Amazon Android Tablet Challenges Apple iPad: 5 Ways How

 
 
By Nicholas Kolakowski  |  Posted 2011-05-04 Email Print this article Print
 
 
 
 
 
 
 

Amazon's rumored tablet PC could challenge the Apple iPad if its creators take care to keep costs low and leverage Amazon's assets to best effect.

Rumors abound that Amazon is prepping a tablet PC for release later in 2011, the latest courtesy of a DigiTimes report.

According to that May 3 report, Quanta Computer recently "received OEM orders from Amazon for its reported tablet PC" which will apparently receive a touch screen from E Ink Holdings. Monthly orders during the peak season "are expected to reach 700,000-800,000 units," with shipments expected in the second half of 2011.

That adds another layer to the speculation surrounding Amazon's intentions in the tablet arena. In April, Engadget and gdgt co-founder Peter Rojas suggested that Samsung would join Amazon in building a tablet for launch sometime this summer, one that ran a variation of the tablet-optimized Android 3.0 (code-named "Honeycomb").

Thanks to its sizable brand and multimedia offerings-including downloadable music and Kindle e-books-Amazon would become an instant competitor in the tablet realm. That being said, even a tablet backed by the online retailer would face substantial challenges in its battle for market- and mind-share against Apple's iPad and the various Google Android devices on the market. Here are a few things that could help an Amazon tablet make a sizable dent in the tablet realm.

Keep Costs Low

One of the lessons learned from the past few years' e-reader and tablet PC battles is that sticker price really matters to your average consumer. As Amazon and Barnes & Noble engaged in a price war, driving the buy-in for their respective e-readers steadily lower, it helped spark an uptick in adoption. At the same time, Android tablets have proven unable to significantly undercut the iPad's pricing-a key reason why a true "iPad Killer" has yet to emerge.

If Amazon prices its (hypothetical) tablet at a point significantly below that of the iPad, it could rapidly chew into its rivals' market share. Granted, Amazon may need to reconcile itself to thinner margins in order to do so-but given the price of the Kindle versus its cost to produce, that's a situation likely familiar to the company's accounting department. The question is, what constitutes a reasonable low price? $250? $400?

Easy Access to Assets

One of Amazon's key advantages is its prebuilt collection of products available for download. Want the newest Stephen King e-book or Radiohead album? It's yours with a few clicks. Want to store your newly purchased digital wares in the cloud? Amazon's your huckleberry on that front, too. How about some Android apps? Thanks to Appstore for Android, you can be playing Angry Birds within minutes. 

But none of these services will be much use unless Amazon's (hypothetical) tablet features a user-facing interface that makes it a snap to download and open those products. That's a lesson that Apple learned to great effect with iOS, which allows for quick purchasing and downloading, and one that Android is still struggling to perfect. In the latter case, you can download any number of apps, but you're largely at the mercy of the carriers' "entertainment" hubs for most multimedia content.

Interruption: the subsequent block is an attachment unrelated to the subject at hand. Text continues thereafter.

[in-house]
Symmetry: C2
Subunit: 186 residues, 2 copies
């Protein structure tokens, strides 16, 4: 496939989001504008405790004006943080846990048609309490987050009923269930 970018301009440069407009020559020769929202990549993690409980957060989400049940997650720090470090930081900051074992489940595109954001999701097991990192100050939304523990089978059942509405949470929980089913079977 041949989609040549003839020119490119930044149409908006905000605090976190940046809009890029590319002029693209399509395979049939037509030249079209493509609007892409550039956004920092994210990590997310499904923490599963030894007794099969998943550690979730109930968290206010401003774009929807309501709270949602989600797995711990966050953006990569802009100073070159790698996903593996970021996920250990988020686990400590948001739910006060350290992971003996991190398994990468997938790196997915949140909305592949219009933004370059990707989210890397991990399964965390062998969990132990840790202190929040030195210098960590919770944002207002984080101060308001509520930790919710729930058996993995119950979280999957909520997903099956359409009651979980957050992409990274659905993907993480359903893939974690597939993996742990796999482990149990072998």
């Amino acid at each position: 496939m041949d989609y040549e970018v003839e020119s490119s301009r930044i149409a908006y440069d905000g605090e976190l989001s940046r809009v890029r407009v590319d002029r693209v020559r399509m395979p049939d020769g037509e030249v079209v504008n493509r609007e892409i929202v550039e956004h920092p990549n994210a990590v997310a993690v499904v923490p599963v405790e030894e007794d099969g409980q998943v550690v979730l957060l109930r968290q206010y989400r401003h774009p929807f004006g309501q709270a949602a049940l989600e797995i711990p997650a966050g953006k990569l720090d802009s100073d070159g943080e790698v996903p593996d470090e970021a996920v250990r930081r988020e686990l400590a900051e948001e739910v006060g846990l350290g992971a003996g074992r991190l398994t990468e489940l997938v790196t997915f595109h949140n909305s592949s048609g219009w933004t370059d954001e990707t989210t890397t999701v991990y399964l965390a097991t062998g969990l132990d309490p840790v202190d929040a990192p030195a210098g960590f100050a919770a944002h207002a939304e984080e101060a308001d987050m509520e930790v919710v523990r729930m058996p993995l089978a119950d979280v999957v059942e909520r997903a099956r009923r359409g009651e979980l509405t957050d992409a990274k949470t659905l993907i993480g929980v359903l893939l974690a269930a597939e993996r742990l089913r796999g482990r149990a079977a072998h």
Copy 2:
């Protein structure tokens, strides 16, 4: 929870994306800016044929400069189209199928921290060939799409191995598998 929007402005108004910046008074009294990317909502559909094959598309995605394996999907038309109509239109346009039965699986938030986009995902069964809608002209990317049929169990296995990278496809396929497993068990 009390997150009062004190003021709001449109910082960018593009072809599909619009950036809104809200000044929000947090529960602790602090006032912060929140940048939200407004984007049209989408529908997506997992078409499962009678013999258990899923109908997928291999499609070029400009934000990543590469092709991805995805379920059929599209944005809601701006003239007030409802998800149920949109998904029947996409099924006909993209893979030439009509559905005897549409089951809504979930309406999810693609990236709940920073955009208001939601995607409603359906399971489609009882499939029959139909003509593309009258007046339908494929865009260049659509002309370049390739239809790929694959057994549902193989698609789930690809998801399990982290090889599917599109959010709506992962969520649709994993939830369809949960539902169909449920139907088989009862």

Such an interface would also give Amazon the opportunity to create something visually distinctive from the flood of tablets poised to hit the market.

Android 3.0 (or Better)

Unless Amazon's going to follow the lead of Research In Motion with its PlayBook, and home-bake its own OS, the tablet-optimized Android 3.0 is pretty much the only game in town when it comes to operating systems.

Don't Give In to Carriers

When the iPad made its debut, Apple offered customers a simple proposition: Those with the 3G-enabled version of the tablet could purchase their connectivity on a month-by-month basis, with no locked-in two year contracts. Indeed, given the rate at which the tablet market is evolving, two years is an eternity.

If Amazon does release a tablet with 3G connectivity, then, it could find an advantage following Apple's model-or even offering said connectivity for free. Again, the latter might prove too prohibitive for Amazon's bottom line, but it would neatly swipe the legs from underneath those Android tablets insisting on two-year contracts. Of course, Amazon could also take the path of least resistance and offer a tablet that's WiFi-only.

Native Apps

Native apps for email, calendar and other basic functions could help attract users who might otherwise think anything produced by Amazon is just another e-reader.

 
 
 
 
 
Nicholas Kolakowski is a staff editor at eWEEK, covering Microsoft and other companies in the enterprise space, as well as evolving technology such as tablet PCs. His work has appeared in The Washington Post, Playboy, WebMD, AARP the Magazine, AutoWeek, Washington City Paper, Trader Monthly, and Private Air. He lives in Brooklyn, New York.
 
 
 
 
 
 
 

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